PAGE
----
Are headphones even an issue?
Reflections on teaching via Skype: context ELT
After a break from writing in this space I'm back to jotting down thoughts that relate to teaching English via Skype. You can of course choose from a variety of video conferencing tools for this purpose, but at present this is my preferred platform. It's one that I know well and feel comfortable with.
Now it might seem an odd question to ask: What's the point of wearing headphones when teaching English, or any other language, via Skype? But it's one that worth considering. If only for a moment.
First, depending on what type of device you're using to communicate with your students, this might or might not be an essential requirement. For those who need them for functional purposes you've been spared the decision making process. It's one less thing to concern yourself with, but don't run away. Aren't you curious as to why this is an issue at all?
Putting technical requirements on the shelf, a simple but significant reason for wearing headphones, whilst teaching in this context, is that they block out external noises. Seems obvious, but believe me it's not. I've always worn headphones with an attached microphone for teaching in this manner. But, sometimes my students forget. I've heard peak traffic motoring past, children screaming, music blaring, someone practicing scales on the piano, dogs barking and oven bells screaming to be switched off. They can be very disruptive. You'll find it difficult to hear your student. So to avoid frowning into the screen and having language swallowed by unwanted sound effects, I now (after having learned this lesson) politely ask students to put on their headphones at the commencement of each lesson if I see that they're headset free.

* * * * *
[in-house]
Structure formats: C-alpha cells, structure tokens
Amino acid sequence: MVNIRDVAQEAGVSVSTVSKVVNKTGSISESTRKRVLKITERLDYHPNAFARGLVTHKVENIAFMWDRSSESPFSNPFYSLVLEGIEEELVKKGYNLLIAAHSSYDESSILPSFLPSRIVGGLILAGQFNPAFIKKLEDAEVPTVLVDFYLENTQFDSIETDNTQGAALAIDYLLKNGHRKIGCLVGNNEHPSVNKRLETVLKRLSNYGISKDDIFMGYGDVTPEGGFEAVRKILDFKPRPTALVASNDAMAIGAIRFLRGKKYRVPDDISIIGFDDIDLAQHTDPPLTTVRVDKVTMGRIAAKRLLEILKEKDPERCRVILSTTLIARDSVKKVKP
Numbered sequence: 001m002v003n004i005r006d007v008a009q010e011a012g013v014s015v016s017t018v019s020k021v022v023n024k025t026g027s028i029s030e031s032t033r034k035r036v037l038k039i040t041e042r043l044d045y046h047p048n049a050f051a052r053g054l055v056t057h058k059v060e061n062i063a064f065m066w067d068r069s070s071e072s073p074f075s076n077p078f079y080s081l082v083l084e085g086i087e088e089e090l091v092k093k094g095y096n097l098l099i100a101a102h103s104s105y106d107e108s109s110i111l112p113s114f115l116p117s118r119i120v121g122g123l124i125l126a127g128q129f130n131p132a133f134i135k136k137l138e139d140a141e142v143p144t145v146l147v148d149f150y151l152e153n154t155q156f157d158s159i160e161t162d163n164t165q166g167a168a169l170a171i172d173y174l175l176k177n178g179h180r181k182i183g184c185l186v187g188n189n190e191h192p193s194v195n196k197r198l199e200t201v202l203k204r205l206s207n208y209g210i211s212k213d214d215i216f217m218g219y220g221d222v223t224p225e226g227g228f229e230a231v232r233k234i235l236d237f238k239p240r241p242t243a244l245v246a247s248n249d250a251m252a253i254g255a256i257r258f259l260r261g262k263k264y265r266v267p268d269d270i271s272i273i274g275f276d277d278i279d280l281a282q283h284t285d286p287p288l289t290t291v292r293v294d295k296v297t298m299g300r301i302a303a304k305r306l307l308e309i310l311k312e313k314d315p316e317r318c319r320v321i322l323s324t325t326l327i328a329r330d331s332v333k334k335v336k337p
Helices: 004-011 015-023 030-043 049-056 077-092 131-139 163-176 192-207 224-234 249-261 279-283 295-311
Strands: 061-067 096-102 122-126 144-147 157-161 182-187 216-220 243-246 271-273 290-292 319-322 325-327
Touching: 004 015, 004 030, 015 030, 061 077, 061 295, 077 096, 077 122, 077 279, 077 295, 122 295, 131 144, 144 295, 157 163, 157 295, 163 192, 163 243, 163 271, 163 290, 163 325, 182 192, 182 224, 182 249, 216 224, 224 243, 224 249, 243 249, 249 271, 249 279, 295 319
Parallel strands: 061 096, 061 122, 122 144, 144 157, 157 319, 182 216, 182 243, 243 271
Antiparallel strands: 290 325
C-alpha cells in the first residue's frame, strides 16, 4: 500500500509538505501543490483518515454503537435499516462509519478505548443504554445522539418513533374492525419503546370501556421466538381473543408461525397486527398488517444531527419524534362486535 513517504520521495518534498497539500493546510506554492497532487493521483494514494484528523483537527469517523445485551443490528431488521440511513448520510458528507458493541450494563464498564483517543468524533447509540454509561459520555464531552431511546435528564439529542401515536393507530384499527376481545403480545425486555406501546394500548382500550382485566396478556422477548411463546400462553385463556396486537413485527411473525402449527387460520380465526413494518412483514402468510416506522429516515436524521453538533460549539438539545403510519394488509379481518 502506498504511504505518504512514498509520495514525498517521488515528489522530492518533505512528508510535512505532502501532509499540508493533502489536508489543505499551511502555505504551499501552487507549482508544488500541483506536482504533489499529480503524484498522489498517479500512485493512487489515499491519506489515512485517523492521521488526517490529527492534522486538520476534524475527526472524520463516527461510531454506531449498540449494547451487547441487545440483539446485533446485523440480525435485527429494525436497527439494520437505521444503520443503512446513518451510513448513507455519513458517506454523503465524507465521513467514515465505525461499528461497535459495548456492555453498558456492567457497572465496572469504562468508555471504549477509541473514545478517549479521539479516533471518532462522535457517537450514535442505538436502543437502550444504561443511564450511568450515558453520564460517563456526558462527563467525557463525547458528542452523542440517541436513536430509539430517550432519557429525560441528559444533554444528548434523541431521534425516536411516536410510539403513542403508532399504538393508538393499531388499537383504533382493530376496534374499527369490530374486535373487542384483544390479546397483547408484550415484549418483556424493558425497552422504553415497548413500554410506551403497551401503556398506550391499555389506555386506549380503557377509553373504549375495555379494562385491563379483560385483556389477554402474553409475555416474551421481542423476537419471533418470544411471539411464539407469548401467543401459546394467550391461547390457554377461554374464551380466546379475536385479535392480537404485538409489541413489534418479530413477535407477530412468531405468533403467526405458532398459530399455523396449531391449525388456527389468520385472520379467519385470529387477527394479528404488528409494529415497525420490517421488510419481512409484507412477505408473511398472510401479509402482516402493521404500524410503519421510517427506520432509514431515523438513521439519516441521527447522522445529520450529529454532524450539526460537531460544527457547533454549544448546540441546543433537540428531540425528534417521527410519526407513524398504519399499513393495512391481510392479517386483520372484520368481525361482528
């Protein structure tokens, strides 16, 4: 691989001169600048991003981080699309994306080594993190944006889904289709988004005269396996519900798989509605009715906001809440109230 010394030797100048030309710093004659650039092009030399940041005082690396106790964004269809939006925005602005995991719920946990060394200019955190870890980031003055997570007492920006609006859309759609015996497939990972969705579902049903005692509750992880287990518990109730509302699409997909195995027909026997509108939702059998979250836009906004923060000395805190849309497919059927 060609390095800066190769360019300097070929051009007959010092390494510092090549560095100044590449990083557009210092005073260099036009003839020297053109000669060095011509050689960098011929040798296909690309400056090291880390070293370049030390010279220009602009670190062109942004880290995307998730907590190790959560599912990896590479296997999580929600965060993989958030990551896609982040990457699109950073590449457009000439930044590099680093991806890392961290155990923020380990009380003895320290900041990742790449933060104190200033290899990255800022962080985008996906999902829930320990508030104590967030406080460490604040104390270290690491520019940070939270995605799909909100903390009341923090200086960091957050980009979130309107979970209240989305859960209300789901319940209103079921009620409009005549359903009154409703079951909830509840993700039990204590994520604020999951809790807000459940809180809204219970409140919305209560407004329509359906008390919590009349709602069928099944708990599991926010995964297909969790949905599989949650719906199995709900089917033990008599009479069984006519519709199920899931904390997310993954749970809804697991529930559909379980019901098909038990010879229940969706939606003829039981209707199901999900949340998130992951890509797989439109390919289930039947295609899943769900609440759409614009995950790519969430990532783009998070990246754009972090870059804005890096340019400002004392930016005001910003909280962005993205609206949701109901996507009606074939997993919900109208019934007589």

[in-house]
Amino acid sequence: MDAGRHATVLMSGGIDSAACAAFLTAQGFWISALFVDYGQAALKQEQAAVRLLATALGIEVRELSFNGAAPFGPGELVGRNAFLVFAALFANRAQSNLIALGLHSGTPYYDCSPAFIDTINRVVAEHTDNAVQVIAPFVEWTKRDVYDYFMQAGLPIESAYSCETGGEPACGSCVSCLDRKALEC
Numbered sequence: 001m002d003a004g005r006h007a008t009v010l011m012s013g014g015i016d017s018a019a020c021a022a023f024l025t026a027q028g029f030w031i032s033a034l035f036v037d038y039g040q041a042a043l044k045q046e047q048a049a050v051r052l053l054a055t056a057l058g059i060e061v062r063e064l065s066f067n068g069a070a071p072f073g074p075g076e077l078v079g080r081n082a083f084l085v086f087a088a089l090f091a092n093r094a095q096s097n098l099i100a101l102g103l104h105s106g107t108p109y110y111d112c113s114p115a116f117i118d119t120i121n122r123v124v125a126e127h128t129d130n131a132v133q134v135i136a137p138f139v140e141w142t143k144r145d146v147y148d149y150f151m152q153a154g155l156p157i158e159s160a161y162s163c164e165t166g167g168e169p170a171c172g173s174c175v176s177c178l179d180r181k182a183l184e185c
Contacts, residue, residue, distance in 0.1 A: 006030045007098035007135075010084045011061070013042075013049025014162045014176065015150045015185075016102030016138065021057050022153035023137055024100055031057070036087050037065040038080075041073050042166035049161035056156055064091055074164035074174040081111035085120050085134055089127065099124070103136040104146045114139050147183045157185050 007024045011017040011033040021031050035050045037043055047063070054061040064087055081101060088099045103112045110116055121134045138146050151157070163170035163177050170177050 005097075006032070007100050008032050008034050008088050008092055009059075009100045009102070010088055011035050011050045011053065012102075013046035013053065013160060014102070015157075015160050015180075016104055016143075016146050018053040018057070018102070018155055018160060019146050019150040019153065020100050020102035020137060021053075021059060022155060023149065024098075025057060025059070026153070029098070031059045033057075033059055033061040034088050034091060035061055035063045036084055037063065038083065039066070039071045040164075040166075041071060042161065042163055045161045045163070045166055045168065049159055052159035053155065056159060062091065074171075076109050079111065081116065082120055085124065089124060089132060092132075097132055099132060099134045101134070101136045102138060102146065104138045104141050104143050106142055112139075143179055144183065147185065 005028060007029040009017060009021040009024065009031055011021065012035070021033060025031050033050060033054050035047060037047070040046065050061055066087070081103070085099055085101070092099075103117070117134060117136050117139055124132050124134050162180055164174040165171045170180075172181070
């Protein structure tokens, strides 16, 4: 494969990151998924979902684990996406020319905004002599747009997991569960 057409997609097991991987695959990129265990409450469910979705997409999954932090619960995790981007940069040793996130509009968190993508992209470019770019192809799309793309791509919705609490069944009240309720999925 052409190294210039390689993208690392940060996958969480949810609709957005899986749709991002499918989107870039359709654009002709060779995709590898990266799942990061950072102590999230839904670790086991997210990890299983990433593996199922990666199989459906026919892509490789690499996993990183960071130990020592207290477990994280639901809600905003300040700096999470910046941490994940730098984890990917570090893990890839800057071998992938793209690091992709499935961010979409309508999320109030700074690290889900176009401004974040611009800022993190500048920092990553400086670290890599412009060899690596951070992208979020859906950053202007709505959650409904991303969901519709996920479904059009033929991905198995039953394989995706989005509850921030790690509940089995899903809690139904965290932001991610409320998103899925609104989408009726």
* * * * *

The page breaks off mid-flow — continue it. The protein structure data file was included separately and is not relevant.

A second less obvious reason, but equally disturbing, is that when you engage in specific listening activities e.g. this could be a podcast or a video link that you've given your student so that you can both have control over the settings. In this situation, if headphones aren't worn you'll hear the podcast / video from the other person's device and vice versa. This often sounds like off sync, distant conversation which again will disrupt the listening activity. It's not enough for one of you to wear headphones. The quality of the lesson will be better if both of you are connected to your devices with headsets and microphones. In my view, you have more of a sense of intimacy. It's just you and your student in a private virtual space giving your full attention to language learning. So, don't give those disruptive factors a chance to spoil your lesson. Put your headphones on.
Will any headphones do?
There's no point in me recommending any specific brand as there are too many to choose from and not all headphones suit every device. Make sure you know what you need before paying for a set. Have a think about whether you'll be using your headphones with others devices as this will influence whether you choose a USB or jack connection. If you choose a USB connection ensure that you have a port free. I 'd also think about the comfort factor. Your ears and the top of your head will be suffering even after a one hour session if your headphones don't have decent padding in these areas. So apart from specific device requirements and your budget, take a moment to consider whether comfort is going to be an issue for you or not.
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